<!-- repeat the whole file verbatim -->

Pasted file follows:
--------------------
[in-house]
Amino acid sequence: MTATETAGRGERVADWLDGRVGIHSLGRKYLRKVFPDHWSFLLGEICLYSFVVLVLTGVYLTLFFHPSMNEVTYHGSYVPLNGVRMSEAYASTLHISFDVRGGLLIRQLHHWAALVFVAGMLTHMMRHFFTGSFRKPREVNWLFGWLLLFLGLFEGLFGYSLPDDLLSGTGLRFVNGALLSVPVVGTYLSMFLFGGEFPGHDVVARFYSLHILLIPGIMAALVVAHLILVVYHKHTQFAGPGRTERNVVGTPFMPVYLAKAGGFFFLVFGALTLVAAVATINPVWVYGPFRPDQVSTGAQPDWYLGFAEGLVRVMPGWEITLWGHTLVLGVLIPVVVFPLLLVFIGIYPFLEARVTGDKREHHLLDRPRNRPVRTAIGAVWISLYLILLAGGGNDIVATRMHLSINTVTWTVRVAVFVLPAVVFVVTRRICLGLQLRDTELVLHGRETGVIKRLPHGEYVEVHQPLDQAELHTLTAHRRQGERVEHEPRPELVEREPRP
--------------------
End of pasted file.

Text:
[in-house]
Amino acid sequence: MTATETAGRGERVADWLDGRVGIHSLGRKYLRKVFPDHWSFLLGEICLYSFVVLVLTGVYLTLFFHPSMNEVTYHGSYVPLNGVRMSEAYASTLHISFDVRGGLLIRQLHHWAALVFVAGMLTHMMRHFFTGSFRKPREVNWLFGWLLLFLGLFEGLFGYSLPDDLLSGTGLRFVNGALLSVPVVGTYLSMFLFGGEFPGHDVVARFYSLHILLIPGIMAALVVAHLILVVYHKHTQFAGPGRTERNVVGTPFMPVYLAKAGGFFFLVFGALTLVAAVATINPVWVYGPFRPDQVSTGAQPDWYLGFAEGLVRVMPGWEITLWGHTLVLGVLIPVVVFPLLLVFIGIYPFLEARVTGDKREHHLLDRPRNRPVRTAIGAVWISLYLILLAGGGNDIVATRMHLSINTVTWTVRVAVFVLPAVVFVVTRRICLGLQLRDTELVLHGRETGVIKRLPHGEYVEVHQPLDQAELHTLTAHRRQGERVEHEPRPELVEREPRP